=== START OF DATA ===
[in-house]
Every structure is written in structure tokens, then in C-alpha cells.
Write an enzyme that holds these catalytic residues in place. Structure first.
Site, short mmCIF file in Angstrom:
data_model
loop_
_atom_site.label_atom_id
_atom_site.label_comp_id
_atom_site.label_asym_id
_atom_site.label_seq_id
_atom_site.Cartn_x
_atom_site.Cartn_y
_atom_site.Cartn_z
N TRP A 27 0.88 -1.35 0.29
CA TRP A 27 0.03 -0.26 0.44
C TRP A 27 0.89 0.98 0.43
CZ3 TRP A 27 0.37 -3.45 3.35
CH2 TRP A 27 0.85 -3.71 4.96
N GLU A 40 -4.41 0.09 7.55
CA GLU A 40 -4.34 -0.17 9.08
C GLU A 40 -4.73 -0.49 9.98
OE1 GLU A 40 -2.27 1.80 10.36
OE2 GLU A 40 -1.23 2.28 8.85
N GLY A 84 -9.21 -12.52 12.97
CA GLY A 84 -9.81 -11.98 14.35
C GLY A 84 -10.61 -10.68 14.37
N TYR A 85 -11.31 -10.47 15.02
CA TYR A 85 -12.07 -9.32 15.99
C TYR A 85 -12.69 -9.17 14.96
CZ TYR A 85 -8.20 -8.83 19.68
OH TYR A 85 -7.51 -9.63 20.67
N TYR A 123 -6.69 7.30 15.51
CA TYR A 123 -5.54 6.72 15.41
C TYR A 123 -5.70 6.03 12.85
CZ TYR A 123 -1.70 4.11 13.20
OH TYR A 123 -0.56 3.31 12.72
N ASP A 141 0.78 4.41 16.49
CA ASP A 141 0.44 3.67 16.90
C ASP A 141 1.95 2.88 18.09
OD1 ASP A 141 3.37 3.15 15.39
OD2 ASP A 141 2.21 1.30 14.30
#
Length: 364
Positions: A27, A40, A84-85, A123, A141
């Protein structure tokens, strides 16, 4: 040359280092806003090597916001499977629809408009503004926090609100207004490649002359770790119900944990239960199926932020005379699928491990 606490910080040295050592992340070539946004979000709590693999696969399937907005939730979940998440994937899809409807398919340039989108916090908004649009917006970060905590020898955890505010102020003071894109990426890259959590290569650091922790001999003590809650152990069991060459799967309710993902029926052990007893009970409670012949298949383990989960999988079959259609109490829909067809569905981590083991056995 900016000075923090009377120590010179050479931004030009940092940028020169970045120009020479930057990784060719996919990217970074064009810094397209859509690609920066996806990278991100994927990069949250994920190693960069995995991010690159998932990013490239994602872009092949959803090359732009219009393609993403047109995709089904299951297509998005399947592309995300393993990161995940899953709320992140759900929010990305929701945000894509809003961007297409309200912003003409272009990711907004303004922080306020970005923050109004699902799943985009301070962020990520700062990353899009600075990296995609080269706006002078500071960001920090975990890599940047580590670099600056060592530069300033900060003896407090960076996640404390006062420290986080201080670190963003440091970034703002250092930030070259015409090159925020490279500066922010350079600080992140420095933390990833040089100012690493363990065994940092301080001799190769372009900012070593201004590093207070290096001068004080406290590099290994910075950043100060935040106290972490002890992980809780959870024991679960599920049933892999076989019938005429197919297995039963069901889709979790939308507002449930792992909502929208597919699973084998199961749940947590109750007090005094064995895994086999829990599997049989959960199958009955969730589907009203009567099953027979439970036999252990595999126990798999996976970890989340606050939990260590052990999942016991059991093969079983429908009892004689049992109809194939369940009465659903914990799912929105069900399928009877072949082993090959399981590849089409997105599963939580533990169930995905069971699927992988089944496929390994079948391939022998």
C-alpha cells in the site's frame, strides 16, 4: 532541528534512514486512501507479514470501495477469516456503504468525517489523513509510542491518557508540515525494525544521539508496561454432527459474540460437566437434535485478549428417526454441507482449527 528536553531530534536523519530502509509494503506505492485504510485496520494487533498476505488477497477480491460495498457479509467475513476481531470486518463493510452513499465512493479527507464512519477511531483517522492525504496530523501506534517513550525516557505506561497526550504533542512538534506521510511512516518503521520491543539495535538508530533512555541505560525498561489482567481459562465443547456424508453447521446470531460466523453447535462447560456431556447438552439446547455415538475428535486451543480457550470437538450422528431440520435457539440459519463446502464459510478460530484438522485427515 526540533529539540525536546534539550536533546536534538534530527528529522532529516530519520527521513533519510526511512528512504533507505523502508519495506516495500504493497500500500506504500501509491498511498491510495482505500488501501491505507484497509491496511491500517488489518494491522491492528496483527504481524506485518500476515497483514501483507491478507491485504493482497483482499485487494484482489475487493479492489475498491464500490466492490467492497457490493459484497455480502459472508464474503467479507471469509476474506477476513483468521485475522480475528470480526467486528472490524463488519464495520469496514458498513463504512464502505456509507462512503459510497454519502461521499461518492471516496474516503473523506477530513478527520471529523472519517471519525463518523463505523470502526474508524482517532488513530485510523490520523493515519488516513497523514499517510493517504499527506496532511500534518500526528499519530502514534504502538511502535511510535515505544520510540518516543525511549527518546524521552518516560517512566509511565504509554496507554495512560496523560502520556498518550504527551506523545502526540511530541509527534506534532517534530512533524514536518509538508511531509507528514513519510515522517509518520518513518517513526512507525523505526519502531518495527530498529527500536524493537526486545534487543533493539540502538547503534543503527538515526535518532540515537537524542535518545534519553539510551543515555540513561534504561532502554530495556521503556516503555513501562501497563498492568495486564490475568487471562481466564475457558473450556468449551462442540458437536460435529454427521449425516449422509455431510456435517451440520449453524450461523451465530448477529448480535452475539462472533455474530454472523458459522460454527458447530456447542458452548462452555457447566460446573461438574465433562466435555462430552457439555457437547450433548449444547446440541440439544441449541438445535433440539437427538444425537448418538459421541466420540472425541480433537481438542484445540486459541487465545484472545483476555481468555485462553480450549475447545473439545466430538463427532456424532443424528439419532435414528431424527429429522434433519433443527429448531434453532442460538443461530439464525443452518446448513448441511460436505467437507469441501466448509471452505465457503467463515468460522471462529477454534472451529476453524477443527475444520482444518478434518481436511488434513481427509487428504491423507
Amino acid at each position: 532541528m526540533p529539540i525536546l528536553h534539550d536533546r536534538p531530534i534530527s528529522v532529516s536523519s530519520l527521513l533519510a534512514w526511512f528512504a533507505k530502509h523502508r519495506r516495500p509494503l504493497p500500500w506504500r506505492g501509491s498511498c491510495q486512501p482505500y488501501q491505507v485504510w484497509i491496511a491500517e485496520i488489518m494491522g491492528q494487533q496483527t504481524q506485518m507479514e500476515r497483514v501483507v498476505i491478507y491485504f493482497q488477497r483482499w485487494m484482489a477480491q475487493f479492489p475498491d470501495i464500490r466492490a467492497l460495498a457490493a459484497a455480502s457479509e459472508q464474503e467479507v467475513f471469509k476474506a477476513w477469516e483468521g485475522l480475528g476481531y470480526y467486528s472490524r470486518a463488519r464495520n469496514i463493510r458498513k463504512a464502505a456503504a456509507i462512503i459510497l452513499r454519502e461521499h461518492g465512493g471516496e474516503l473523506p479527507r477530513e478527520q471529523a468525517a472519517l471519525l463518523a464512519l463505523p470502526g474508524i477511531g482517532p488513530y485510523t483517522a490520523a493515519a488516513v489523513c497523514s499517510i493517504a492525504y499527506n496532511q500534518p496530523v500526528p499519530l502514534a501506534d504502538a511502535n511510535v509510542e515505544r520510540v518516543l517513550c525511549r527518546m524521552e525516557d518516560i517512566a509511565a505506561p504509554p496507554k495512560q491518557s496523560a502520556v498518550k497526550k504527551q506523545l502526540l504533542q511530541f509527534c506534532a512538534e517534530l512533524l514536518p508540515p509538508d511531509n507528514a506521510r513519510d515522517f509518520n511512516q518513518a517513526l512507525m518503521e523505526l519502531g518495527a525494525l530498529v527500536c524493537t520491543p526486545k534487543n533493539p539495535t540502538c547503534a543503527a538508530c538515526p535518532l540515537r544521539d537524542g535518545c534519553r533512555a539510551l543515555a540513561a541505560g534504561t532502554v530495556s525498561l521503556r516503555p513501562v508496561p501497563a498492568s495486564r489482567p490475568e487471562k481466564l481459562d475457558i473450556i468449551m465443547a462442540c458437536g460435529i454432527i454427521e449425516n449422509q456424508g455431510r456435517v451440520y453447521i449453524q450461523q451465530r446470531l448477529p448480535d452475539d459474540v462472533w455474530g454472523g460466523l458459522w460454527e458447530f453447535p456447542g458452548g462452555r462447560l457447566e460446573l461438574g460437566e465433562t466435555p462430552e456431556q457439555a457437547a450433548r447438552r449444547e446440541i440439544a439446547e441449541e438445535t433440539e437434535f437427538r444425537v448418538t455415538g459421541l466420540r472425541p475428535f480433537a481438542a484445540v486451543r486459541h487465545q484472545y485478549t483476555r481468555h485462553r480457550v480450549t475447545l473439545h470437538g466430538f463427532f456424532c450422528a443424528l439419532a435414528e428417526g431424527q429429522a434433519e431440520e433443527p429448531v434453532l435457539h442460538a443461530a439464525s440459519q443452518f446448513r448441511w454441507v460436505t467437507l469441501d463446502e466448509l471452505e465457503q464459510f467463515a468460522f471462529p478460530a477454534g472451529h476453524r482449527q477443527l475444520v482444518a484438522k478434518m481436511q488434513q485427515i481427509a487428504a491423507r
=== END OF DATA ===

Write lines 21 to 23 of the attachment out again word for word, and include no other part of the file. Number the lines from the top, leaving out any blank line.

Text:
C GLU A 40 -4.73 -0.49 9.98
OE1 GLU A 40 -2.27 1.80 10.36
OE2 GLU A 40 -1.23 2.28 8.85